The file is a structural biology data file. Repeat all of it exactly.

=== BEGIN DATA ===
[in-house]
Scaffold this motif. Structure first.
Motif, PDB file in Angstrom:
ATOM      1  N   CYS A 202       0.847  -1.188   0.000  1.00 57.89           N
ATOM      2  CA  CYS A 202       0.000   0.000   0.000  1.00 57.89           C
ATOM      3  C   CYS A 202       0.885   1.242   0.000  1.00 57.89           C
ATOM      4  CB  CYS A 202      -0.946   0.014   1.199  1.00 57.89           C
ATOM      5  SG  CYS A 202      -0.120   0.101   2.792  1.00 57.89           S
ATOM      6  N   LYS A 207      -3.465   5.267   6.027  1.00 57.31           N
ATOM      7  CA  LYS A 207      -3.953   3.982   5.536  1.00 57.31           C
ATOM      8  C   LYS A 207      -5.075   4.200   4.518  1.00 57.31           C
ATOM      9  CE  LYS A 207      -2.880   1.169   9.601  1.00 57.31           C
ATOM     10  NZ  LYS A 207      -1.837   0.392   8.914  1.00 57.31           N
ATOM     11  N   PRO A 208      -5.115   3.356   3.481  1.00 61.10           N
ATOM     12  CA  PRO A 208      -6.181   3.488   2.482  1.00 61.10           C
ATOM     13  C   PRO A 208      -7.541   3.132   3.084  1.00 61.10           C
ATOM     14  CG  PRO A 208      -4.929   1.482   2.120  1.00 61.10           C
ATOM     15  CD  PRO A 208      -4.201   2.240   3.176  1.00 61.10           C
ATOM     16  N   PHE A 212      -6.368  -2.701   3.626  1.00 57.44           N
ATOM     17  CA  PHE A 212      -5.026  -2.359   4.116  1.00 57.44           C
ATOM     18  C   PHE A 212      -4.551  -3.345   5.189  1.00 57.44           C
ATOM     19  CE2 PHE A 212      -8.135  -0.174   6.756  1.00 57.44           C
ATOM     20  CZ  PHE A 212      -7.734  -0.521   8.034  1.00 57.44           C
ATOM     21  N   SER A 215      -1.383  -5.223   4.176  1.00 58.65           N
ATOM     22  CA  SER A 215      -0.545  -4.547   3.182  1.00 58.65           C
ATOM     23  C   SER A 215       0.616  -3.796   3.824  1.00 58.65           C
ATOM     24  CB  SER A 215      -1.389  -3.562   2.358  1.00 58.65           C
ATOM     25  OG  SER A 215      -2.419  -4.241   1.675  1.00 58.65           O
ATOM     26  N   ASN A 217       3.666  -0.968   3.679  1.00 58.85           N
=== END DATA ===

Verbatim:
[in-house]
Scaffold this motif. Structure first.
Motif, PDB file in Angstrom:
ATOM      1  N   CYS A 202       0.847  -1.188   0.000  1.00 57.89           N
ATOM      2  CA  CYS A 202       0.000   0.000   0.000  1.00 57.89           C
ATOM      3  C   CYS A 202       0.885   1.242   0.000  1.00 57.89           C
ATOM      4  CB  CYS A 202      -0.946   0.014   1.199  1.00 57.89           C
ATOM      5  SG  CYS A 202      -0.120   0.101   2.792  1.00 57.89           S
ATOM      6  N   LYS A 207      -3.465   5.267   6.027  1.00 57.31           N
ATOM      7  CA  LYS A 207      -3.953   3.982   5.536  1.00 57.31           C
ATOM      8  C   LYS A 207      -5.075   4.200   4.518  1.00 57.31           C
ATOM      9  CE  LYS A 207      -2.880   1.169   9.601  1.00 57.31           C
ATOM     10  NZ  LYS A 207      -1.837   0.392   8.914  1.00 57.31           N
ATOM     11  N   PRO A 208      -5.115   3.356   3.481  1.00 61.10           N
ATOM     12  CA  PRO A 208      -6.181   3.488   2.482  1.00 61.10           C
ATOM     13  C   PRO A 208      -7.541   3.132   3.084  1.00 61.10           C
ATOM     14  CG  PRO A 208      -4.929   1.482   2.120  1.00 61.10           C
ATOM     15  CD  PRO A 208      -4.201   2.240   3.176  1.00 61.10           C
ATOM     16  N   PHE A 212      -6.368  -2.701   3.626  1.00 57.44           N
ATOM     17  CA  PHE A 212      -5.026  -2.359   4.116  1.00 57.44           C
ATOM     18  C   PHE A 212      -4.551  -3.345   5.189  1.00 57.44           C
ATOM     19  CE2 PHE A 212      -8.135  -0.174   6.756  1.00 57.44           C
ATOM     20  CZ  PHE A 212      -7.734  -0.521   8.034  1.00 57.44           C
ATOM     21  N   SER A 215      -1.383  -5.223   4.176  1.00 58.65           N
ATOM     22  CA  SER A 215      -0.545  -4.547   3.182  1.00 58.65           C
ATOM     23  C   SER A 215       0.616  -3.796   3.824  1.00 58.65           C
ATOM     24  CB  SER A 215      -1.389  -3.562   2.358  1.00 58.65           C
ATOM     25  OG  SER A 215      -2.419  -4.241   1.675  1.00 58.65           O
ATOM     26  N   ASN A 217       3.666  -0.968   3.679  1.00 58.85           N